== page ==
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← [Update - comments by AC Grayling] British academics launch £18,000 college in London

Cartomancer's Avatar Jump to comment 15 by Cartomancer

There are two arguments I could just about entertain as to why this project might have some positive value in social and educational terms. I consider it only good practise to rehearse them, given that my heartfelt opposition stems as much from emotional as rational considerations.

First, there's the "working with what we have" argument. It may be terribly naive of me to presume that anything like my preferred, fair, just, socially equal, higher education system will occur in Britain in the next hundred years, and certainly not while those evil Tory bastards still have their suppurating paws on the levers of power. In such a climate, one might argue, is it not better to work with the grain and do some good, rather than spitting into the wind and hoping for reforms that will clearly never happen? Surely the top 10% of the wealth bracket has its share of very bright students, and even if they do have to fight 36 times as hard, so does the bottom 90%. Surely offering at least some of them the chance to experience this newly formulated curriculum, imperfect and unjust though the selection and funding system must necessarily be in the current economic climate, is doing some good in the world? Surely giving at least some section of the population a high quality education where they might not have got it before is better than doing nothing at all?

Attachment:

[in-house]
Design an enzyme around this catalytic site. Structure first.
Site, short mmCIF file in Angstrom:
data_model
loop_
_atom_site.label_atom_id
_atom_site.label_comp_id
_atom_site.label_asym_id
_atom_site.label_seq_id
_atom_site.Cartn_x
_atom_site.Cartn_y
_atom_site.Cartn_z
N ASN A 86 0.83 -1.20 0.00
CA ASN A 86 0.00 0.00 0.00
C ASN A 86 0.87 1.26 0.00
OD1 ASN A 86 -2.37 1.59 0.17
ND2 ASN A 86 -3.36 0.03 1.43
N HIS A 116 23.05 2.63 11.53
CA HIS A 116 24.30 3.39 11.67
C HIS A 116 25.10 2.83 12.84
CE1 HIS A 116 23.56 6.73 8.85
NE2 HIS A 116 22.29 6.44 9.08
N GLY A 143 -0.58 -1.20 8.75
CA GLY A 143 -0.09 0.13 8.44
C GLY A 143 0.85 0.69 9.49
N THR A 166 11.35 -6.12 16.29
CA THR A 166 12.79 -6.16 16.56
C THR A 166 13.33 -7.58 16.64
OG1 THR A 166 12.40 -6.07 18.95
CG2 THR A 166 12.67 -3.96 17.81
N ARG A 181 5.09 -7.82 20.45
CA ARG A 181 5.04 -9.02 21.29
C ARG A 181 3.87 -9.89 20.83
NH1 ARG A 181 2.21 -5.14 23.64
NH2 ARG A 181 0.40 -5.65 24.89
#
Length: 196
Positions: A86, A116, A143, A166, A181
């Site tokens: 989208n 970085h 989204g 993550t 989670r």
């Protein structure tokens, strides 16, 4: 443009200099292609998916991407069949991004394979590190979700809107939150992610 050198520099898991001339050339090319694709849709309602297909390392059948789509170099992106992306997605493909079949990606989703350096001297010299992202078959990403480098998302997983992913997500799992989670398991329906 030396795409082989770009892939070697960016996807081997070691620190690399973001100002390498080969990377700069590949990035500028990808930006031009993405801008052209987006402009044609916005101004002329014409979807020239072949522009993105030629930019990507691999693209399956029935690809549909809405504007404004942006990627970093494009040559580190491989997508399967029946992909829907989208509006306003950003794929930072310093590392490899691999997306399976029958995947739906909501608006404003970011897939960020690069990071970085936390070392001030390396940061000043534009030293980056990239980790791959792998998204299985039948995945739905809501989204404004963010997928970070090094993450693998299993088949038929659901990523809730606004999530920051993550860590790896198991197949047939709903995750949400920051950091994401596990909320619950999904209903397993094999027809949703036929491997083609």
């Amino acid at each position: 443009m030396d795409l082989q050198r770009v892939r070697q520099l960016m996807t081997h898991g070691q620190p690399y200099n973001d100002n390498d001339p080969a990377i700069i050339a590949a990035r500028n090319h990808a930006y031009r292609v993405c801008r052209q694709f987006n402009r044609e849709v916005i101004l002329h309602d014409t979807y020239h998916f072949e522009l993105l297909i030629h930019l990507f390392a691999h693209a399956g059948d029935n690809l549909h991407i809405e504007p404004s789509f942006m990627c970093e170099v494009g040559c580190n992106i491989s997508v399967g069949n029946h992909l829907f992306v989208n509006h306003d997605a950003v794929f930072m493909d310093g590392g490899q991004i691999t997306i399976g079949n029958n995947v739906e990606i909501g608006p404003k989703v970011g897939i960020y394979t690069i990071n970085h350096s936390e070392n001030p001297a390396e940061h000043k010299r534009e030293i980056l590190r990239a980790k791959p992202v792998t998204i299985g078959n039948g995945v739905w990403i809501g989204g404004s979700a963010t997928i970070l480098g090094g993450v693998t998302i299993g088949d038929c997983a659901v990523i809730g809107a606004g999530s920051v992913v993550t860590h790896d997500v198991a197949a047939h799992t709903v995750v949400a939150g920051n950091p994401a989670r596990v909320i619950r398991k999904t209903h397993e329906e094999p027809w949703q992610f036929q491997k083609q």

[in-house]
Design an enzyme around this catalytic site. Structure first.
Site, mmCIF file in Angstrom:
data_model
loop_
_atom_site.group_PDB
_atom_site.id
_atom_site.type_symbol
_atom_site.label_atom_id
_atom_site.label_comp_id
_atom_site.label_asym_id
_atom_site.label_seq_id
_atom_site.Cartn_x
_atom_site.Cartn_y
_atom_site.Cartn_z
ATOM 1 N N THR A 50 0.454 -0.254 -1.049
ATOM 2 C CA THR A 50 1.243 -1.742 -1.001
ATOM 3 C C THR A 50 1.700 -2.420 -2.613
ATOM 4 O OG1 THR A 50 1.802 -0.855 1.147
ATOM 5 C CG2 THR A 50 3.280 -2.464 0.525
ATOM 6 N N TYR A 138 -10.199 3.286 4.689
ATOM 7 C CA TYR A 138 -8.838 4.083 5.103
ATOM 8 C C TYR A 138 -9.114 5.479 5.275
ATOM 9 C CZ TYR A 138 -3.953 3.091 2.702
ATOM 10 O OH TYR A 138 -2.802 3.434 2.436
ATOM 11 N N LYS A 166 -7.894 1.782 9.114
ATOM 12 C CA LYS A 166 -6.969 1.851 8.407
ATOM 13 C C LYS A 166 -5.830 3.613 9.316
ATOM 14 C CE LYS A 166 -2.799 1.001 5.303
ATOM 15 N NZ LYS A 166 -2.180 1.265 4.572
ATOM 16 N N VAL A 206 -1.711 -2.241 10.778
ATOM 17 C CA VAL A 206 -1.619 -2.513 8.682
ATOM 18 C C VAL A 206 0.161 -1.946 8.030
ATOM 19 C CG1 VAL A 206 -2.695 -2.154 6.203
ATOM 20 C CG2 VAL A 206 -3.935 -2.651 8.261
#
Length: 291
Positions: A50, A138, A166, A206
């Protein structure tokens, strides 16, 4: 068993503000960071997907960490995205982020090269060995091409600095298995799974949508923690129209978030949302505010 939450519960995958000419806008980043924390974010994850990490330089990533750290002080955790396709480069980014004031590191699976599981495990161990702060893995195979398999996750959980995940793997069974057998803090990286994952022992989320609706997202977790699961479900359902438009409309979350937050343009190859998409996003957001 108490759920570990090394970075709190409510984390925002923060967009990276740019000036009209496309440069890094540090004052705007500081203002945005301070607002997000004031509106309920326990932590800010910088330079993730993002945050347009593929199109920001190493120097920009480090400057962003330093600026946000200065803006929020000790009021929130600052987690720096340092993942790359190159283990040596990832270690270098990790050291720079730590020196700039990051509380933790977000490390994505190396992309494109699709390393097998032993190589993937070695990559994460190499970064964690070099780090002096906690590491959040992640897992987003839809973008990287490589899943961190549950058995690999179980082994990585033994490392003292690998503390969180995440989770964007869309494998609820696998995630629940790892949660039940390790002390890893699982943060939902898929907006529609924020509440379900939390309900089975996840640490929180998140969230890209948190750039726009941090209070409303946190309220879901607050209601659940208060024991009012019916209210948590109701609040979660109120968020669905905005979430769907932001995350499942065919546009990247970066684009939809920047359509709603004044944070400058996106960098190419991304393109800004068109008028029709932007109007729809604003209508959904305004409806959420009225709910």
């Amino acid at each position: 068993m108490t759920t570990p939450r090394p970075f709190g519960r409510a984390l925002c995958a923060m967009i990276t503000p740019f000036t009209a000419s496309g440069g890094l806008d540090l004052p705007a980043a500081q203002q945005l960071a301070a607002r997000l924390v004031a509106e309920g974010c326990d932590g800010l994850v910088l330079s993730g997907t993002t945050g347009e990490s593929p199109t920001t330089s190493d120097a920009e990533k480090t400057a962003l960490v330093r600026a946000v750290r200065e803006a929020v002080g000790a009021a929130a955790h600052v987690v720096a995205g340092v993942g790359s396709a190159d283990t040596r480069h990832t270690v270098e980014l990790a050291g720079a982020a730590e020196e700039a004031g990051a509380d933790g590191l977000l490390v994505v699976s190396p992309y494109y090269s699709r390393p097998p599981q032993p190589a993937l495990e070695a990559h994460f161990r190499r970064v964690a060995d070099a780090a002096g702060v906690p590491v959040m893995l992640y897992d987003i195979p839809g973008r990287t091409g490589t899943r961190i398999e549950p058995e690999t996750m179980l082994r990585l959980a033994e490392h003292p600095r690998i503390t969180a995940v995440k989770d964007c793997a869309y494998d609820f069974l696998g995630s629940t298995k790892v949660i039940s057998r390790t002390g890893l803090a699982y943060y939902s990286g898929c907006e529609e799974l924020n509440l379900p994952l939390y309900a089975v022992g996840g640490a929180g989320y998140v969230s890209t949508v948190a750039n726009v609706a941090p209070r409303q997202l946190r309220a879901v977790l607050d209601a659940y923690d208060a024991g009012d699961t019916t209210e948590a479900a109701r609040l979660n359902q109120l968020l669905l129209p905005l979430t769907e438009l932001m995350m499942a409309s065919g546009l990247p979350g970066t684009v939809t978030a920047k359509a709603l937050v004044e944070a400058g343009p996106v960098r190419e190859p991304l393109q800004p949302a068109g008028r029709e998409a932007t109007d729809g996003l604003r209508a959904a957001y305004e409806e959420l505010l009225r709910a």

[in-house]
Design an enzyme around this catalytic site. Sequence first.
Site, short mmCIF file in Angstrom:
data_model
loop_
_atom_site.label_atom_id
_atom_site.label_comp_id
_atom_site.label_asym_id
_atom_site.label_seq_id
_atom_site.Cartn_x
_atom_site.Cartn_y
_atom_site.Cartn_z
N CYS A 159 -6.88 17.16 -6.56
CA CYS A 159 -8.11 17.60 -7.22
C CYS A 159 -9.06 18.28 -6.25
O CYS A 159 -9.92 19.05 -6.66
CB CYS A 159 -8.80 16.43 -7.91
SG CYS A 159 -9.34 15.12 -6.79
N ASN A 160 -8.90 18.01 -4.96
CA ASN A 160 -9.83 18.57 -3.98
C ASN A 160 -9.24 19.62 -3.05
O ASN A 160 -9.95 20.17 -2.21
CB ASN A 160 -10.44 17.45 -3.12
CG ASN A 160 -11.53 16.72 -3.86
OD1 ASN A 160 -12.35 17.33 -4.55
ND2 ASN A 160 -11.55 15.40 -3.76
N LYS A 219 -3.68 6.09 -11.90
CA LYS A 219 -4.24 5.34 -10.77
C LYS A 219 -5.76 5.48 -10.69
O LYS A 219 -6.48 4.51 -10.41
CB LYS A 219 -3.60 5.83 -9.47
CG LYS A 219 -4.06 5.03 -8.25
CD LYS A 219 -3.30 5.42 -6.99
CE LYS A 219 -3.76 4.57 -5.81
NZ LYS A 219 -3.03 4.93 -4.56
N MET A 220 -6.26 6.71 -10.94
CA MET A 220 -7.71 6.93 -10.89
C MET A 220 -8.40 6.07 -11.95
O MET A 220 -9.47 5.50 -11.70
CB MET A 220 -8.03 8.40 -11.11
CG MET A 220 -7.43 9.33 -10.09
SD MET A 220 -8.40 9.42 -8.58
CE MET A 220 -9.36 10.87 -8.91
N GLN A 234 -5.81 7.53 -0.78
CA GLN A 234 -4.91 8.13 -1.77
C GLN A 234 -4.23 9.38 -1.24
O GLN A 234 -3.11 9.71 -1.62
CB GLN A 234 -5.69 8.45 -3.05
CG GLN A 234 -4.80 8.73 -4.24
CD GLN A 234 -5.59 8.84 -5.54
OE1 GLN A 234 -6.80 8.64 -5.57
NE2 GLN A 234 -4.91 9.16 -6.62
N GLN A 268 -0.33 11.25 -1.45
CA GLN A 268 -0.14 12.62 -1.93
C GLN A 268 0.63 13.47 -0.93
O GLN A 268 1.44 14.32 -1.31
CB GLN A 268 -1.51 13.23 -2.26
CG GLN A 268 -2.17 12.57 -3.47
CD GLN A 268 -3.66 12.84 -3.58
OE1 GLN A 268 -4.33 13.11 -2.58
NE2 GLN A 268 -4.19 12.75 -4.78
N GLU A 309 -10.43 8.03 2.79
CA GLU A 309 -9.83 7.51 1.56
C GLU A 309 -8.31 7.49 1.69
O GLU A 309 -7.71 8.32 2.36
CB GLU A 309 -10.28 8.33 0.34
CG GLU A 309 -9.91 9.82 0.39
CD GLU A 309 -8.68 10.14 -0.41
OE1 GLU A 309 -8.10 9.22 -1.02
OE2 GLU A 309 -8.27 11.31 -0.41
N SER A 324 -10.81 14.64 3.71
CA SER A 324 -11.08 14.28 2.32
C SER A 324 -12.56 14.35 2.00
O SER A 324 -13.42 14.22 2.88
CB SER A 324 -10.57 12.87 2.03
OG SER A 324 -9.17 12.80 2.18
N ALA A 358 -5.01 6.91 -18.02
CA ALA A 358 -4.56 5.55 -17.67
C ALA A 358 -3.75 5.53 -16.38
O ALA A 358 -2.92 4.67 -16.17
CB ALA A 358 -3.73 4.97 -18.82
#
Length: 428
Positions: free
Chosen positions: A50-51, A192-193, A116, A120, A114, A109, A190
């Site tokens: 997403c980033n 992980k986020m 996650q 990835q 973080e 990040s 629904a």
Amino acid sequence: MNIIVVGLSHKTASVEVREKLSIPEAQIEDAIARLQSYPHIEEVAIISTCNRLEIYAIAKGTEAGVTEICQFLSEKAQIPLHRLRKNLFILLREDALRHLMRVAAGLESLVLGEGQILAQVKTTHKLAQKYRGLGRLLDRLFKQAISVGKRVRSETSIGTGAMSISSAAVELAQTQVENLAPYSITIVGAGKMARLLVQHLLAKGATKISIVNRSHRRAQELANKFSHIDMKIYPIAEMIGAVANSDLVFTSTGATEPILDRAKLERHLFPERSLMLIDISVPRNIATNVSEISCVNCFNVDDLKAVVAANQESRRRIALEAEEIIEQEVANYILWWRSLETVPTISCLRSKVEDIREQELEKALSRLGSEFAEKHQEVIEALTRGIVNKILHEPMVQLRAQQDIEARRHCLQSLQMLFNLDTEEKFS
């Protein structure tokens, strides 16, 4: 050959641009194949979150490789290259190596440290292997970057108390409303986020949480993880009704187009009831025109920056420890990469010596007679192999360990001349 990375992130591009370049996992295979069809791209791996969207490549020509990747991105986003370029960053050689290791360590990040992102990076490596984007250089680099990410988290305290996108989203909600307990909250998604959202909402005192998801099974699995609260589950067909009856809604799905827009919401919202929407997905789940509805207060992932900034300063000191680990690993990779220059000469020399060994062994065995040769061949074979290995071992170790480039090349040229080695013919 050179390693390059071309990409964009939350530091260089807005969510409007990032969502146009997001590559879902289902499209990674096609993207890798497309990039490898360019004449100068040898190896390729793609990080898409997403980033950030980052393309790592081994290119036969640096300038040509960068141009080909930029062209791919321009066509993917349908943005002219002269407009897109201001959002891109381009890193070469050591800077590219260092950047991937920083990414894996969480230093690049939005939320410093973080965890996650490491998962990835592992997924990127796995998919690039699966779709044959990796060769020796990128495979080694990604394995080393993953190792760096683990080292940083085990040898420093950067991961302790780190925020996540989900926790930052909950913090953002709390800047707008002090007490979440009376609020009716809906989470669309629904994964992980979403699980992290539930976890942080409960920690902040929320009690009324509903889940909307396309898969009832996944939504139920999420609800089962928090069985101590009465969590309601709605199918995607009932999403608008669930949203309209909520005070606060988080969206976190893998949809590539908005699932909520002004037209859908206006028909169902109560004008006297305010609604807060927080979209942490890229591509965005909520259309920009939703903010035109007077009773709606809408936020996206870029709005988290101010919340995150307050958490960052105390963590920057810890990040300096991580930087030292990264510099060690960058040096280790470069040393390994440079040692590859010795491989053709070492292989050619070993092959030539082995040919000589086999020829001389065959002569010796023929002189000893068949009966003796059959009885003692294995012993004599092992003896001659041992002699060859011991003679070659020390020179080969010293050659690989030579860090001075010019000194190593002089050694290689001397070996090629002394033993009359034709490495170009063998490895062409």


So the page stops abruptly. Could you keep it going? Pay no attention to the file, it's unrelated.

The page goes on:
Which brings us on to the second "trojan horse" type argument, which is to say that this new style humanities curriculum is what the project is really all about, and rather than being an end in itself the New College of the Humanities is merely a test-bed that will hopefully become a beacon to prove that this new way of doing things has tremendous benefits. In ten years, perhaps professor Grayling will be able to point to what has happened there and make a serious case that this kind of teaching should be adopted far more widely. Perhaps a new institution is the only way this could have been effected? Perhaps trying to do it at Oxford or Cambridge or UCL or York or somewhere would have been too difficult, given their already entrenched curricula and institutional frameworks?

I can respect such arguments and the people who make them, although I personally do not see how these proposed benefits could make up for the further entrenchment of plutocratic segregation in our society and the slow creep of corporatised financialism into the education sector. Then again I am very left-wing in my political leanings, and have picked up a considerable personal animus against the British public (i.e. fee-paying) school system and its products from my time at Oxford. So I am undoubtedly biased.

Sun, 05 Jun 2011 17:16:00 UTC | #634290